ZURICH (Reuters) - FIFA’s ethics watchdog has opened formal proceedings against Colombia’s Miguel Trujillo after he pleaded guilty last month in U.S. federal court to four counts, including conspiracy to commit money-laundering and conspiracy to commit wire fraud.
“Having examined all of the relevant evidence and based on Miguel Trujillo’s guilty plea before the federal court in New York, the investigatory chamber has opened formal proceedings against Mr Trujillo,” the investigatory body of FIFA’s ethics committee said in a statement on Wednesday.
“As a licensed FIFA match agent, he was bound by the FIFA Code of Ethics.”
It will investigate payments from Trujillo to several soccer officials, the investigatory chamber said.
Last month Trujillo, who also admitted to filing a false tax return, agreed to forfeit $495,000. He was released on a $1.5 million bond and said: “I know that what I was doing was wrong.”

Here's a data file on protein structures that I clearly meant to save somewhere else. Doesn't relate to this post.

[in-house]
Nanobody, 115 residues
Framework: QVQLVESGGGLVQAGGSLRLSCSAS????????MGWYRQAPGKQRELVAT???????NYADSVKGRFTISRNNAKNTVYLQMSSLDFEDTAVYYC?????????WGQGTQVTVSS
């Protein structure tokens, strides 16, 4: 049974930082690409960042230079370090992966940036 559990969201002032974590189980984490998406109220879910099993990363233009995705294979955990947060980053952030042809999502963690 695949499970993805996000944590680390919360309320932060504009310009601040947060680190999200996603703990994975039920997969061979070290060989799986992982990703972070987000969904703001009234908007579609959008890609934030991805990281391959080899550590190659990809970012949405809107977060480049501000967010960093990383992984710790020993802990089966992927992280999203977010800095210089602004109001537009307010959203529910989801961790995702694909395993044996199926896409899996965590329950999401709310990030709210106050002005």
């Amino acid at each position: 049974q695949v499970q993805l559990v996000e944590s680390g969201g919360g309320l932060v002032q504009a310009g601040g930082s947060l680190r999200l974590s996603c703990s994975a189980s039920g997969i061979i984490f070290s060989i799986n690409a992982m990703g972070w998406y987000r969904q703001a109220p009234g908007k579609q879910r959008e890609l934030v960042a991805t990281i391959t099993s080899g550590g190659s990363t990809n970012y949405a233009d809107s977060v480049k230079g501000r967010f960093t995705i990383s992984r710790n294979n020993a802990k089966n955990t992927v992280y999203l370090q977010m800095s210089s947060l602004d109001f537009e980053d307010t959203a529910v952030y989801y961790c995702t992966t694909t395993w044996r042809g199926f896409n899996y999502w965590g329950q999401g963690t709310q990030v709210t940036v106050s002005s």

Trujillo, who lives in Florida, is among 42 individuals and entities charged as part of a U.S. investigation into more than $200 million in bribes and kickbacks sought by soccer officials for marketing and broadcast rights to tournaments and matches.
On Tuesday new FIFA president Gianni Infantino denied any wrongdoing after the Panama Papers revealed that, when he was working for UEFA 10 years ago, he signed off on a TV rights deal with a south American company controlled by two Argentines who were later indicted in the United States.
Reporting by Joshua Franklin/Mitch Phillips; Editing by Michael Shields/Toby Davis